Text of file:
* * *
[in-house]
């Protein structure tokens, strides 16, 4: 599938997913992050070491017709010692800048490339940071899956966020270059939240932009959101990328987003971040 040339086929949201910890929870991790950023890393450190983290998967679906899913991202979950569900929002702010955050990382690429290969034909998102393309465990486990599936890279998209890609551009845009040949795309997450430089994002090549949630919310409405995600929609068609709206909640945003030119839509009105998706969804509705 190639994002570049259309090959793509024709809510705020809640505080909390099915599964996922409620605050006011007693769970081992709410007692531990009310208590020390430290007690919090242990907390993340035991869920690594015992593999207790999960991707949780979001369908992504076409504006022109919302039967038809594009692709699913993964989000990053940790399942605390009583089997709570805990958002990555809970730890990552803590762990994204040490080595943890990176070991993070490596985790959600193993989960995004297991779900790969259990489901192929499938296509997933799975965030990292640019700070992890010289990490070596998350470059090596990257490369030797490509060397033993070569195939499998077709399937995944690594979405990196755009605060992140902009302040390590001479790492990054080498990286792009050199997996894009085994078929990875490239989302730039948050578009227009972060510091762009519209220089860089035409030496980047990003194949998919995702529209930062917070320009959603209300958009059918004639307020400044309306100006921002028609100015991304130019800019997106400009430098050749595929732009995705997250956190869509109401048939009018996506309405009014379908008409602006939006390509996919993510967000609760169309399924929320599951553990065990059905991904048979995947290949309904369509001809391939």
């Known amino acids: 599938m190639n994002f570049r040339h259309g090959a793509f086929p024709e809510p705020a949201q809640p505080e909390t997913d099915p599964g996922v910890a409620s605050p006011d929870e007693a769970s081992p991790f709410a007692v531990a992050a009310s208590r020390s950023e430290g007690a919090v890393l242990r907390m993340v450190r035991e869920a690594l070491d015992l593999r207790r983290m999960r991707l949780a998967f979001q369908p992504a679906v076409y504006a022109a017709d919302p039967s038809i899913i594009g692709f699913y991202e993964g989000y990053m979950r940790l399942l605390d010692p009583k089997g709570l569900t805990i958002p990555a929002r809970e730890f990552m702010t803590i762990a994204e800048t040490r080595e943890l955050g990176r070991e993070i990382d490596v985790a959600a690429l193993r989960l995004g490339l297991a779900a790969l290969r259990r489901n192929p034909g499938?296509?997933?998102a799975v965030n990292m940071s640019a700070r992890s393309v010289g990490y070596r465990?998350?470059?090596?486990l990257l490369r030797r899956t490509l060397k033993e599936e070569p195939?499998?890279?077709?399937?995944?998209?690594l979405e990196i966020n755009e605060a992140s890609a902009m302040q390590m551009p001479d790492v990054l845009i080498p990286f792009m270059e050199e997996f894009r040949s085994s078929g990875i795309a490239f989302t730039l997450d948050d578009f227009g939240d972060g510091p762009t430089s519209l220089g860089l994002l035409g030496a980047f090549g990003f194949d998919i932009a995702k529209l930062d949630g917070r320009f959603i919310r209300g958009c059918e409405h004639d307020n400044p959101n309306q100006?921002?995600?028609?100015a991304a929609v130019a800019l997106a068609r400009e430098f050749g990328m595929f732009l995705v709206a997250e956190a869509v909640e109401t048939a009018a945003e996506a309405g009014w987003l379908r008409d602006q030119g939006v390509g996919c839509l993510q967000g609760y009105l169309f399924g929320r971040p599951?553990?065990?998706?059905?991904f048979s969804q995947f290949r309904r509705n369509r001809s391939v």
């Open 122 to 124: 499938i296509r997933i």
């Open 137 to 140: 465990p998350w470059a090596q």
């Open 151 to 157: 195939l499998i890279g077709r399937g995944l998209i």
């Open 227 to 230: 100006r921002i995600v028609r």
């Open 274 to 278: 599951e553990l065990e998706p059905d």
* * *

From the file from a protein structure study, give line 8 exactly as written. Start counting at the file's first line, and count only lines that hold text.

């Open 274 to 278: 599951e553990l065990e998706p059905d």